Monday, April 30, 2012

Jim Rouse's Cross Collection

One of the first things Joe Nemecek said to me at the Ohio Show, last November, as I was unveiling The Catalogue, was that my book should have had more Cross.

He's right.   Since 99.9 percent of what's in the book are the things in my personal collection, and I only had two Cross pencils in my collection, I honestly forgot to include the maker until the last minute.  The A.T. Cross Company ended up taking a back seat, appearing on page 175 in the "Just a Couple More" section, which I wrote literally the day before the book went to press.

Everything I said in the book is absolutely true.  Cross is one of the oldest and most established manufacturers of pencils -- true.  Cross pencils are very high in quality and construction -- true.

And most collectors breeze right by them without a second thought, because in general most of the ones you see all look alike -- ok, you can send me all the hate mail you want, but you know it's true.

That's most of the ones you see.  I knew there were guys out there who had spent years accumulating examples of the brand that you don't see all the time and could teach me more about Cross in a couple hours than I would be able to learn in the next decade of picking through flea markets and pen shows.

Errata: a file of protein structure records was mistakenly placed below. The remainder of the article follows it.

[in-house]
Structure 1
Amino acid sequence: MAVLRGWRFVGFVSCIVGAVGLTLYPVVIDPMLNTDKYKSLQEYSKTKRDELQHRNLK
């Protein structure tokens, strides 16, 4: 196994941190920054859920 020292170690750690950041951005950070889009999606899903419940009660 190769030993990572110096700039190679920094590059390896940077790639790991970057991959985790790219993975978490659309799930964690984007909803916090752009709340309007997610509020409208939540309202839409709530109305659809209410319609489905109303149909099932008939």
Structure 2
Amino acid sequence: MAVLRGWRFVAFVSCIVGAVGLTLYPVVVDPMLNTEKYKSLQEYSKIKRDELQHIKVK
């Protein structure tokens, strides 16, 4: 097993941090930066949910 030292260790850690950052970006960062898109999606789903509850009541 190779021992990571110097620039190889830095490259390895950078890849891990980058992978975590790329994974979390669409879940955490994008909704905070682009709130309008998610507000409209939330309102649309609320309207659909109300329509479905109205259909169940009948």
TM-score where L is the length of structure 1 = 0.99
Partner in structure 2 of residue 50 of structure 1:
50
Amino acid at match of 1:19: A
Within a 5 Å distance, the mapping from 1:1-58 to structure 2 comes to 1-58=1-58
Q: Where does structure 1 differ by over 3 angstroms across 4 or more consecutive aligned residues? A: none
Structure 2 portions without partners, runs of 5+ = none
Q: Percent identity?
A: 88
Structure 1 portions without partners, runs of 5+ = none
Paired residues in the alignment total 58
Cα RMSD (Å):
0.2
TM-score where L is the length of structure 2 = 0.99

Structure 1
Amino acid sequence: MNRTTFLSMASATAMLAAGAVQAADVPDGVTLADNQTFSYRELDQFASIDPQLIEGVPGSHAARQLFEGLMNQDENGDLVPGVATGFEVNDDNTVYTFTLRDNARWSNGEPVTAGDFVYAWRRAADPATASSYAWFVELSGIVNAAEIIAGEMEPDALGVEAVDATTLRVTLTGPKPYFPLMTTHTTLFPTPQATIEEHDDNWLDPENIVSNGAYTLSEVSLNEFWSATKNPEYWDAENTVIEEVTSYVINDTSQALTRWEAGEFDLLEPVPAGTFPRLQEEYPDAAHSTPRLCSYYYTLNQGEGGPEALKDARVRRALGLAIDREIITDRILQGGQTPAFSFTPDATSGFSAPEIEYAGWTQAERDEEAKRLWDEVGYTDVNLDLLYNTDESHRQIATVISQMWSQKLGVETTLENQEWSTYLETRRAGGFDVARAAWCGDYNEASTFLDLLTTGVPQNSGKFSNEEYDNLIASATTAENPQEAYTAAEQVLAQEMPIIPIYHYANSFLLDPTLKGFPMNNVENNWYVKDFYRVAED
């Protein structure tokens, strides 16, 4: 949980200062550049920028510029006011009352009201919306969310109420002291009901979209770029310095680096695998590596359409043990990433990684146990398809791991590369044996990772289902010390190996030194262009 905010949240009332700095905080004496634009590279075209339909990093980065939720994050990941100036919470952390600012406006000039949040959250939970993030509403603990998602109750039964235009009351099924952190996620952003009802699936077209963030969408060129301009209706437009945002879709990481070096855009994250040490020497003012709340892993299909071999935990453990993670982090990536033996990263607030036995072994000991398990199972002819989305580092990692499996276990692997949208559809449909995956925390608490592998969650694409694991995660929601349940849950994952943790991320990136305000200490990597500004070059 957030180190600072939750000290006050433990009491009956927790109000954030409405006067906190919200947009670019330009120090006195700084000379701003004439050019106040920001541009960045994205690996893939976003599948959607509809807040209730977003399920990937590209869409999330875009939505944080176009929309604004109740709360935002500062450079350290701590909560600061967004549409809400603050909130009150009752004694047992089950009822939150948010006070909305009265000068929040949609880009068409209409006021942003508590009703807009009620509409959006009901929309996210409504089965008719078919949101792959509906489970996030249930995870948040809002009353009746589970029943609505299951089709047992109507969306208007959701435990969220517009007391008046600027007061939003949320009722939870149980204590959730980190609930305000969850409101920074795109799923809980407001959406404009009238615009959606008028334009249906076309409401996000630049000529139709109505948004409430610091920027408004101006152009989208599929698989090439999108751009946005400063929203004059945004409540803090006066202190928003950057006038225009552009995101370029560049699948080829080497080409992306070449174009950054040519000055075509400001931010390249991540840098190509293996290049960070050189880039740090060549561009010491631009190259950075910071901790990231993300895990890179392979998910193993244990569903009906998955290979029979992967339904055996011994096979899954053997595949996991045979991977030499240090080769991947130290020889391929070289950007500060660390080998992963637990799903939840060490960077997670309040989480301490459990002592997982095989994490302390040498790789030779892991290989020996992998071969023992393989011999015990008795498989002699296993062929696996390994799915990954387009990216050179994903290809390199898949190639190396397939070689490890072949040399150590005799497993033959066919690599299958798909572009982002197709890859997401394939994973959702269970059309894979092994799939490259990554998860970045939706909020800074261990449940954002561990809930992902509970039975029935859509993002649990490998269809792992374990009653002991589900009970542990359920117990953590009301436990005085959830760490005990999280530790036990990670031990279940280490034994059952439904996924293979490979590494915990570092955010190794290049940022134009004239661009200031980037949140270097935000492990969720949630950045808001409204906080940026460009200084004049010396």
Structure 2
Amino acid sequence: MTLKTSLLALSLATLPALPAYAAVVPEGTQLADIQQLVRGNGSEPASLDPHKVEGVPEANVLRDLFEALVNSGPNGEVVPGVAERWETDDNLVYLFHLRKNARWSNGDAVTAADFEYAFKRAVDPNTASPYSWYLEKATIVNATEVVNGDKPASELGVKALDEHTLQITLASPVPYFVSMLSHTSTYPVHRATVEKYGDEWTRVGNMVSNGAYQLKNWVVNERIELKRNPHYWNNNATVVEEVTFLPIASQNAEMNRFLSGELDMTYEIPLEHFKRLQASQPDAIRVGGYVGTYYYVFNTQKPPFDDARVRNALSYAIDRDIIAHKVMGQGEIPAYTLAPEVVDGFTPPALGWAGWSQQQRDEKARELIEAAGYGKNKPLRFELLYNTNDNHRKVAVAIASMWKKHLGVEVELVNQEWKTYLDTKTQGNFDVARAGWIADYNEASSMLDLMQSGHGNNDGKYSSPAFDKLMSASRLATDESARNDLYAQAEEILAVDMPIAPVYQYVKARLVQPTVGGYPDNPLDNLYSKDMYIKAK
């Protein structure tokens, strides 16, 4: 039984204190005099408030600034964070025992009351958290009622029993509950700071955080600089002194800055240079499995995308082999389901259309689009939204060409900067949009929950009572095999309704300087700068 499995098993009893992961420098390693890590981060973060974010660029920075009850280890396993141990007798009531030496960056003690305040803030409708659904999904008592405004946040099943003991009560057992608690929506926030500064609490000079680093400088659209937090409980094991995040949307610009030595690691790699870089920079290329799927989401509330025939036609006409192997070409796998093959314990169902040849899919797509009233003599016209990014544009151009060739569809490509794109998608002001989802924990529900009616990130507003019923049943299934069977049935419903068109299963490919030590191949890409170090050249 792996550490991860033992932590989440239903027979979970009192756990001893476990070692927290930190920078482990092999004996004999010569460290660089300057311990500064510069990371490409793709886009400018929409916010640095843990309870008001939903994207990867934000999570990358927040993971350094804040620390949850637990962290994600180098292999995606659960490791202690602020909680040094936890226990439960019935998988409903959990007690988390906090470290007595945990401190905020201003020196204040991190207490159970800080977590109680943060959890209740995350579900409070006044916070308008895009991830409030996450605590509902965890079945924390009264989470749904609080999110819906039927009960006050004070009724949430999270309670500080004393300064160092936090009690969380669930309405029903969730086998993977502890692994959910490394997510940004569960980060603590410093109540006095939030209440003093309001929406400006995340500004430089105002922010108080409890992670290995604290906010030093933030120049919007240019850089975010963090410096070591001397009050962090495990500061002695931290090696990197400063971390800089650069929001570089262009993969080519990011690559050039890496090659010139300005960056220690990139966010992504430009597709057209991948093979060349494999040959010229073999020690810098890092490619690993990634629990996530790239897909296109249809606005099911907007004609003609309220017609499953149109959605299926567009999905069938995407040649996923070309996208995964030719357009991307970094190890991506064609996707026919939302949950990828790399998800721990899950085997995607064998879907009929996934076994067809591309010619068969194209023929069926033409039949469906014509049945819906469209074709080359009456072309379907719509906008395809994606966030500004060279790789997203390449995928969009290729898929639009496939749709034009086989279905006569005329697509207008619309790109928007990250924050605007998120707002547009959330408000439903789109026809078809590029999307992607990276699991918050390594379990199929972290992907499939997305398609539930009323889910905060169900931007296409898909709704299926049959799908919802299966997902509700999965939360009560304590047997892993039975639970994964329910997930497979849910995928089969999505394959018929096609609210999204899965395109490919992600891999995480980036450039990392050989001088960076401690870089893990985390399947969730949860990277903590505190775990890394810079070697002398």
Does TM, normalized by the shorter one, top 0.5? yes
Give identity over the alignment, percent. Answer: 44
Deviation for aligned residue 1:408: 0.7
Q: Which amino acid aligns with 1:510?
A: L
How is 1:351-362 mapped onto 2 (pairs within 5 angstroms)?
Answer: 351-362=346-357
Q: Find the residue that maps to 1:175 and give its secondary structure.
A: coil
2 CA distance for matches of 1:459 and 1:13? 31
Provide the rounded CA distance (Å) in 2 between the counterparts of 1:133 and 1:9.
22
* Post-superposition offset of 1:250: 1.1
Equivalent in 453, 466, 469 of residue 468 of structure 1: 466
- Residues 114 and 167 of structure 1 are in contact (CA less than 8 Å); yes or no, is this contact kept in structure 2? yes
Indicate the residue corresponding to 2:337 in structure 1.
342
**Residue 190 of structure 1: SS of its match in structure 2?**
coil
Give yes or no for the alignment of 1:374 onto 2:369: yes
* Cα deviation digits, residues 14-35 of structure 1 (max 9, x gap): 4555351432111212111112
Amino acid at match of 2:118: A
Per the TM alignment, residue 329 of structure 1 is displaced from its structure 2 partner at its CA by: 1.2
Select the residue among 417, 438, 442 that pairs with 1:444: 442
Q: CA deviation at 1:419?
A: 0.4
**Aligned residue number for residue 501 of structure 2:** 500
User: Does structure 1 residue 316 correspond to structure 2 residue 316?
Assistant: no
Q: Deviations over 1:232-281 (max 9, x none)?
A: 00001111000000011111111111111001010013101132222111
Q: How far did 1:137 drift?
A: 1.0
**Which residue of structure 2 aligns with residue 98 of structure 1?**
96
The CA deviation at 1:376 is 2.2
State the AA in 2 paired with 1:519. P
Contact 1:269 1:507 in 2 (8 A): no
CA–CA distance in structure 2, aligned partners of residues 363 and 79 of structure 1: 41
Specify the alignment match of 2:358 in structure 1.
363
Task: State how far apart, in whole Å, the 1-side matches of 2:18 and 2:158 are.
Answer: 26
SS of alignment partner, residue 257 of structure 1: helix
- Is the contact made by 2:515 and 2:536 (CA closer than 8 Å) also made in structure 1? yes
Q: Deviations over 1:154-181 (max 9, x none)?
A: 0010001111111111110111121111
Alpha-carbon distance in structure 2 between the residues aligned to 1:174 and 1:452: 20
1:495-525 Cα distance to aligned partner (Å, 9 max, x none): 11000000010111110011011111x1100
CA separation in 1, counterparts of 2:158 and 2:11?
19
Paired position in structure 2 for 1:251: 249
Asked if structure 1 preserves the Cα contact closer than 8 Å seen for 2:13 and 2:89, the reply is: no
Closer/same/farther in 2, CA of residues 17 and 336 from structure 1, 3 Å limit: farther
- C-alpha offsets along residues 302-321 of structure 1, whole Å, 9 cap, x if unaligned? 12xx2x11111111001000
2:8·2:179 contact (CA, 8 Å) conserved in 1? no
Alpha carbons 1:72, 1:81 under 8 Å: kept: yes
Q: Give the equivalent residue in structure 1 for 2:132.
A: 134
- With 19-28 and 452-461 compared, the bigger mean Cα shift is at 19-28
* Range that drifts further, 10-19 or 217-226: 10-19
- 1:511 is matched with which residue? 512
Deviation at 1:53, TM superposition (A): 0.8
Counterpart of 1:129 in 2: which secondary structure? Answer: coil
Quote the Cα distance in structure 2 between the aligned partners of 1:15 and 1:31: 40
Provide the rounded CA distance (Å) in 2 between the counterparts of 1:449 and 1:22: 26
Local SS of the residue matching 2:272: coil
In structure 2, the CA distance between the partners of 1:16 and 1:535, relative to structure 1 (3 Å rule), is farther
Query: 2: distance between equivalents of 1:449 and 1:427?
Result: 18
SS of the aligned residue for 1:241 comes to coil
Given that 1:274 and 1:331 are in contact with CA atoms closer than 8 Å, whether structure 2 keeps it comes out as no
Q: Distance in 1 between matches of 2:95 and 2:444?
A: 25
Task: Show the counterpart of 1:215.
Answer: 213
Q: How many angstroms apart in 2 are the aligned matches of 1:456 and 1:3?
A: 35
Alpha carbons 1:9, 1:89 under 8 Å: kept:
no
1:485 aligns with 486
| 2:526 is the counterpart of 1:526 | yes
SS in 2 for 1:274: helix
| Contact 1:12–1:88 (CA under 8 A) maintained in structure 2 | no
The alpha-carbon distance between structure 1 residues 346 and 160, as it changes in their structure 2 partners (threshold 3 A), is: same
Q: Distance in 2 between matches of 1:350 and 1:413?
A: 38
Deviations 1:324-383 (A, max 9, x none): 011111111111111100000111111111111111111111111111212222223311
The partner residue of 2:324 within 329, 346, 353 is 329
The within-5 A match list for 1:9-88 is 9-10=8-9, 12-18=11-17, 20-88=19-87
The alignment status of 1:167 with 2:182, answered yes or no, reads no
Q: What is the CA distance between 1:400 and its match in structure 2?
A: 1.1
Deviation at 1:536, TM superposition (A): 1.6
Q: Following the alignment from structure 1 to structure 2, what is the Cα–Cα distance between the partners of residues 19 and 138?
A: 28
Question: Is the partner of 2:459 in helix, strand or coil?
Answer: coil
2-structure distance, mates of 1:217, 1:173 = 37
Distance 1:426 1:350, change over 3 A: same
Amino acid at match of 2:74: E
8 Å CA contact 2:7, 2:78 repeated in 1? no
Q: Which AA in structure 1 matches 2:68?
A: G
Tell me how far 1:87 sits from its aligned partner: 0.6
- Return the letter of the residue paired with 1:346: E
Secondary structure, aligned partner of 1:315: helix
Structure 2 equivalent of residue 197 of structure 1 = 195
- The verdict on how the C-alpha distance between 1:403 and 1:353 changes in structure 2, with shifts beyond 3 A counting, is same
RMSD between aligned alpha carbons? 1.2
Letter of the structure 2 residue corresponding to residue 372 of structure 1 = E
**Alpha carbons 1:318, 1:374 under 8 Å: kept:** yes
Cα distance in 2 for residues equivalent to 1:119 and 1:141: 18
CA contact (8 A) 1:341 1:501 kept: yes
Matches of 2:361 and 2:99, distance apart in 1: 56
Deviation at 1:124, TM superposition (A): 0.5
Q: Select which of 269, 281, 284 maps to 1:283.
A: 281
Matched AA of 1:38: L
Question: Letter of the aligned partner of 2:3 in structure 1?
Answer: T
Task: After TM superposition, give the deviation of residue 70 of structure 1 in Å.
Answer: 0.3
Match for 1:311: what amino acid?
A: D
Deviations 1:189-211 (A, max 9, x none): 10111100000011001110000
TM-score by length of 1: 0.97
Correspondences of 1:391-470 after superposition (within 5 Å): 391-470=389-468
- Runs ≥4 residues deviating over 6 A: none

Guys like Jim Rouse.  Jim was at the Ohio Show, but I had not made his acquaintance yet and even though Joe told me he had his entire Cross collection with him, I wasn't able to get away from my table long enough to spend some time with him.   

The Baltimore Show, however, was another story.  Joe introduced us on Saturday and I asked if I could bring back a camera to document his collection on Sunday morning.  Jim agreed, so early on Sunday morning, before most of the dealers were in the ballroom, My camera and I spent some quality time with Jim's portfolio of vintage Cross pencils:


Now I've already commented that my only criticism of the Baltimore Show was the quality of the lighting in the ballroom, but fortunately with an early morning sun streaming in the large gothic windows, I was able to get some pretty decent shots.

Yes, Jim does have a large number of the standard little Cross pencils you see all the time, in all manner of minute variations:


and these:


and he did have a few examples of the Cross Century:


but his Cross Centuries were nothing like anything I'd ever seen.  Check out these patterns -- he calls them "prototypes," and while that word tends to be overused in the collecting community, I believe him when it comes to these:


But most of what was there were wonderful Cross pieces I haven't seen before.  Rather than cram all of them into one article, I'm going to spend the next few days going through these in detail.

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